The plumage pattern is one of the few emblematic systems in studies of pattern formation and evolution in which the modelling–experimentation gap has been successfully bridged [5,8]. In birds, feathers are implanted in so-called tracts (or ‘pterylae’) separated by glabrous areas. The spatial distribution of tracts at the scale of the whole body (i.e., macropattern) is broadly conserved, all birds having capital (head), humeral/alar (wings), dorsal, ventral, femoral/crural (legs), and caudal (tail) tracts [9,10]. However, their shape and size, as well as the geometrical arrangement of feathers within tracts (i.e., micropattern), vary between bird groups (as formerly studied in the zoological field of pterylography; [11,12]). Work performed in the domestic chicken Gallus gallus showed that the patterning of feather tracts involves surface dynamics occurring in the developing skin tissue. In this species, the early mesodermal layer first directs the formation of competent epidermal areas (or feather fields). Within each feather field, longitudinal rows of feather follicles individualise in a medial-to-lateral “wave” of differentiation to form a regular dotted pattern, which later becomes distorted to give rise to a reproducible geometry in which each feather is surrounded by an elongated hexagonal array of neighbours [10] (Fig 1A). Feather arrangement is thus a complex yet ordered motif that results from the timely orchestration of patterning events in the developing skin including (1) local individualisation of shapes (here, follicles) from an initially homogeneous feather field and (2) the directional and gradual progression of this differentiation process.

Fig 1. Dorsal tracts vary in shape, size, and geometry between birds.

(A) During development, the dorsal tract appears in a medial–to–lateral bidirectional wave (black arrows) of fr (fr#1–3 are schematically represented), resulting in a micropattern in which each feather follicle (one of them is shown in dark green) is surrounded by a regular hexagon of neighbours (light green). This pattern later distorts along the anteroposterior axis (green arrows). (B) Flat preparations of dorsal skins (upper panels) and their corresponding schematic map (bottom panels) show that completed dorsal tracts (in pink) vary in size and shape between the domestic chicken (in which it covers around 77% of the dorsum surface; n = 2), the Japanese quail Coturnix japonica (75%; n = 3), the common pheasant Phasianus colchicus (72%; n = 3), the emu Dromaius novaehollandiae (100%; n = 3), the zebra finch Taeniopygia guttata (38%; n = 2), and the gentoo penguin (100%; n = 1). In the first three species and the zebra finch, feather follicles (in white) organise in longitudinal rows (fr; circled numbers) that extend from the neck to the tail and contain a reproducible number of feathers (‘F’, counted from wings to tails as shown by white arrows): F = 25, 10, 23, and 9 for fr#1 (in blue; note that in the Japanese quail and the zebra finch, this row is shorter because it is composed of late–developing feathers [12,22]), and F = 25, 17, 23, and 18 for fr#2 and fr#3 (in orange and red). In the emu at E26 and the gentoo penguin at around E25, we quantified means of F ≈ 60 and F ≈ 50 feathers as quantified along tract length, respectively. Stars show the position of wings (‘Wi’), legs (‘Le’), and tails (‘T’). E, embryonic day; fr, feather row; t, time.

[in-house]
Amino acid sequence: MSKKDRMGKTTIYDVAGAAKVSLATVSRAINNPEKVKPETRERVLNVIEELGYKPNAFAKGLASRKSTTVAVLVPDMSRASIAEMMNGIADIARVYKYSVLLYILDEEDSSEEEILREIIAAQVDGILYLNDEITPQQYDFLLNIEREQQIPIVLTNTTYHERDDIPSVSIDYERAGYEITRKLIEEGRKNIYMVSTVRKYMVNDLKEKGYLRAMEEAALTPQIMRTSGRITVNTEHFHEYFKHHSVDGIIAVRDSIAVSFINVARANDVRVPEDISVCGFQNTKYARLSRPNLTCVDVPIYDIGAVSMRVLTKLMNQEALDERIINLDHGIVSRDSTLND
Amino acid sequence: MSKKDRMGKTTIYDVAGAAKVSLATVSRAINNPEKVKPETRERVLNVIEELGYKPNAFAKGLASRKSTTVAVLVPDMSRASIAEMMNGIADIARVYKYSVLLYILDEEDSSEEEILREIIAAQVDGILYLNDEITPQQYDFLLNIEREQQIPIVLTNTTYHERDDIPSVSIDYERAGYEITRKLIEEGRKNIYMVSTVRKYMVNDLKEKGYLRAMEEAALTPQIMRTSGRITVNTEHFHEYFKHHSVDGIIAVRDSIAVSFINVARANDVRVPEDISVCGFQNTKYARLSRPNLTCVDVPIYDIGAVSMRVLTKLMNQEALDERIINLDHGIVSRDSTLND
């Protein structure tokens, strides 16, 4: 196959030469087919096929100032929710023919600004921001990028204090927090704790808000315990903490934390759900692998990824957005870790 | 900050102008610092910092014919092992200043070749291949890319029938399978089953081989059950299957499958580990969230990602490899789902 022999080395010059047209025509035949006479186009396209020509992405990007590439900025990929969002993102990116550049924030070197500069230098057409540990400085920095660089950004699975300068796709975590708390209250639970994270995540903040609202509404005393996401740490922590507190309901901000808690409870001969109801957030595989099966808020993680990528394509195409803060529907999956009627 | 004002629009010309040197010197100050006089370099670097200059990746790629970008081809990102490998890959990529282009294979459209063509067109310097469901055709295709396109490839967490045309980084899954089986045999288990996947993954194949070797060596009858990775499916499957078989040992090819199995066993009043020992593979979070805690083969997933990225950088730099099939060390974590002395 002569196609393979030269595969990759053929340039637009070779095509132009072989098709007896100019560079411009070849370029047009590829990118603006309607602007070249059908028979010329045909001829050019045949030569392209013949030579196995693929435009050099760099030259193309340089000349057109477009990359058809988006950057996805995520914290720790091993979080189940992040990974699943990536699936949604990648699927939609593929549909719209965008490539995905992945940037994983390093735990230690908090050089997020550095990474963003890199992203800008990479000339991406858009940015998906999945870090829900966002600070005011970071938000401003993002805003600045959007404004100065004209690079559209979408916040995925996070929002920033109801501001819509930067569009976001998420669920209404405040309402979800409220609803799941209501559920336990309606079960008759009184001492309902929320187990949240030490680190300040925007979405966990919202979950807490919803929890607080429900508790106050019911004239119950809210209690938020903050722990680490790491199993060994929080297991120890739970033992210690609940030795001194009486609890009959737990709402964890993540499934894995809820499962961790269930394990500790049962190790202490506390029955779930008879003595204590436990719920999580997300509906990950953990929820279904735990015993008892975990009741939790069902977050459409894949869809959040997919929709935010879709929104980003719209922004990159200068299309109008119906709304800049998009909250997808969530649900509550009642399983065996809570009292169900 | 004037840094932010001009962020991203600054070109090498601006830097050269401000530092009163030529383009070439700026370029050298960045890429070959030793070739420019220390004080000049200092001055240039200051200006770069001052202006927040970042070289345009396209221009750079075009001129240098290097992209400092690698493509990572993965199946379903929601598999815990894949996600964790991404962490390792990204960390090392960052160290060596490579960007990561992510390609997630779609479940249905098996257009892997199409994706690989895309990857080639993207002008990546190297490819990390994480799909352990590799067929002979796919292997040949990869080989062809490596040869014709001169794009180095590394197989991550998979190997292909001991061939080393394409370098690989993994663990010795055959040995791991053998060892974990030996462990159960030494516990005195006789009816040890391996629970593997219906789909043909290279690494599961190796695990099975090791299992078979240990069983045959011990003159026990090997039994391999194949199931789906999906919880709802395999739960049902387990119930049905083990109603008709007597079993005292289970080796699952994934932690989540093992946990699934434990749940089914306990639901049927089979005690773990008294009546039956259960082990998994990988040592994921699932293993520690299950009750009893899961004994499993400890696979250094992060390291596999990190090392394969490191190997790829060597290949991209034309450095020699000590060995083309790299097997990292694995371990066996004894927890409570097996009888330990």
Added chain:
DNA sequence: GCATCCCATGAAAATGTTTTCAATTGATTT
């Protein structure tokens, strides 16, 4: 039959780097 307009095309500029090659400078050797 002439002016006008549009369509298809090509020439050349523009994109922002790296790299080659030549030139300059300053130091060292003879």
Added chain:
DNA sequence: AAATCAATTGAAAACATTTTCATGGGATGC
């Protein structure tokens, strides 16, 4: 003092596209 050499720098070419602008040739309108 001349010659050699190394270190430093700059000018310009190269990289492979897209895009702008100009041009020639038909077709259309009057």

Efforts to understand plumage patterning have largely focused on the control of feather follicle individualisation. Computer simulations of self-organising models (e.g., reaction–diffusion and chemotaxis alone or in combination) can give rise to regularly spaced dots reminiscent of the chicken feather motif [13,14] (or other cutaneous structures in vertebrates [15,16]), which suggests that the formation of feather follicle arrays results from a self-organisation of the developing skin. The nature of self-organising positional factors raises much interest, as recent studies have evidenced a coupling between molecular and mechanically driven, cellular dynamics. Several candidate proteins of the bone morphogenetic protein (BMP), fibroblast growth factor (FGF), and Wnt signalling pathways have been identified based on their local expression and diffusive properties and/or because perturbing their expression/activity modifies the local arrangement and differentiation of feather follicles [13,14,17,18]. Such molecular activity may rely on spontaneous changes in cellular organisation: the nuclear translocation of β-catenin in epidermal cells (an event marking early stages of feather follicle differentiation [19]) is caused by a local aggregation of dermal cells as the result of their contractile properties [20]. Conversely, cellular dynamics can also depend on molecular activity: FGF signalling drives dermis aggregation, consequentially compressing the epidermis, which in turn intensifies FGF expression in a positive feedback loop [21].